The World Solar Challenge ambled across Central Australia last week. Geoff Russell definitely wasn’t holding his breath waiting for it to finish.
Last Friday, I wandered around Victoria Square in Adelaide watching the people watching the solar powered cars of the World Solar Challenge. Some were still arriving from Darwin; escorted by real cars with flashing lights before and after.
At 38 years of age, this event is much older than many of the crew crammed into anorexic cockpits or following in support vehicles. It began in 1987, about two years before Professor Martin Green of UNSW predicted that solar would replace coal in “10 to 15 years”.
I couldn’t help wondering how many more decades it can call itself a “Challenge” without facing up to the normal rigors faced by real vehicles.
Real motor vehicles have to run all year round, under clouds, at dusk even by the light of a new moon. Even bicycles in most parts of the world confront and master such challenges.
The closest thing this middle aged race has to real cars is the newish cruiser category, which it says is designed to “encourage solar cars designed for practicality and acceptance in a given market segment”.
The winner of this class in 2015 is the OWL from Kogakuin University. It’s average speed on the last day running into Adelaide was 42 kilometers an hour… about the same as professional cyclists do for the 260 kilometers of the one day Paris-Rubais bicycle race.
On day 4 the average speed of OWL was just 33 kilometers per hour; rather less than professional cyclists do in any race, even in any of the European Alps. The regulations don’t specify just what market segment will be impressed by such performance.
If they want to call this race a Challenge, then why not run it during winter? Or let the cars operate at night? And if they really want a challenge then why not run it in Holland so that at least the Dutch can enjoy victory in front of their home crowd!
Perhaps they could run it simultaneously with the Rotterdam Marathon. Of course, the cars would probably have to start after the runners to avoid the risk of being overtaken should the Dutch skies suddenly cloud cover.
Being an avid fan of cycling grand tours, I’m fine with a solar powered car race. But I confess to being irritated by the pretence that this race has anything to do with clean energy and environmental concern.
Recently the solar advocacy industry got all excited about an attempt to fly around the world in a solar plane. But, like the cars, it’s also little more than an incredibly expensive toy. The Solar Impulse 2 weighs 2.3 tonnes and carries one person and 633 kilograms of lithium polymer batteries. It’s currently stuck on its round the world quest in Hawaii because the batteries are buggered.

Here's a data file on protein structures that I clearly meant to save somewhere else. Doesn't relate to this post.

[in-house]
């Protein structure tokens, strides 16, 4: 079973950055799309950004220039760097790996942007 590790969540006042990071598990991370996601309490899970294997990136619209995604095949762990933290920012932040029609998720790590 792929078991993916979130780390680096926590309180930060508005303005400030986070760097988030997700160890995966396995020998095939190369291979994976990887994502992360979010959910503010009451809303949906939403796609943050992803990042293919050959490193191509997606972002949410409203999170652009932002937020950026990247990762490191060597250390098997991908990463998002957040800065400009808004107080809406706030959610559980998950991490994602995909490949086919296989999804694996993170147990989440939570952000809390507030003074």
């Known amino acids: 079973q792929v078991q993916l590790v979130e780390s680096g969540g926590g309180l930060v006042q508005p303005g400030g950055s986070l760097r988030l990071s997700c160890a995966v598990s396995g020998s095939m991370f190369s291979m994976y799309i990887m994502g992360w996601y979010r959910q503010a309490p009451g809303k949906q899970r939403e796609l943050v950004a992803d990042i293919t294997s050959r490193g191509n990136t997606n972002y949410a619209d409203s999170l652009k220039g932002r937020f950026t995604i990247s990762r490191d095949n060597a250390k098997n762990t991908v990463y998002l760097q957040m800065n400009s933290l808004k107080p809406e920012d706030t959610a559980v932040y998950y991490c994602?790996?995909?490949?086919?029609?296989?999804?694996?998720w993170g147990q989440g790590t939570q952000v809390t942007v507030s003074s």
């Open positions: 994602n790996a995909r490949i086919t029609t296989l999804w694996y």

We should perhaps remember at this stage that it was a little more than 10 years after the first Wright Brothers flight that real planes were engaged in World War I dog fights over Europe.
Some technologies work and some just limp along perpetually as an engineering embarrasment for decade after decade of dismal failure. The embarrasment isn’t that the World Solar Challenge has been failing to yield practical solar powered transport for 38 years, but that this has been predictable for at least 100 years.
Even if you could capture 100 percent of the available sunshine, you’d still not have enough to replicate the kinds of transport that we need.
We need buses, we need trains and we need to shift millions of tonnes of food harvests annually.
We need clean transportation and we have a pretty good idea of what will work; bicycles are great for many things, electricity for slightly larger stuff and synthetic fuels or perhaps hydrogen for the heavy lifting.
There isn’t much of a niche for under-powered toys which crawl under clouds and stop at dusk. To solve our clean transport imperative requires buckets of extra energy to displace fossil fuels, and we know how to do it.
By the time the “Solar Challenge” began, the French had almost finished decarbonising their entire electricity system with nuclear power.
That took about 15 years.
In 1960 the first nuclear powered circumnavigation of the planet took place. Did they do it in summer with a petrol powered support crew? Hell no; they did it underwater carrying 170 people.
We know what works and what doesn’t, but the fascination with stuff which doesn’t is as inexplicable as the rise and rise of One Direction or Star Wars.
So why do people persist with a technology that’s been failing for decades?
I don’t mind people playing solar race games but we have a serious climate problem to deal with, we don’t have much time and Martin Green and mates have cost us dearly.
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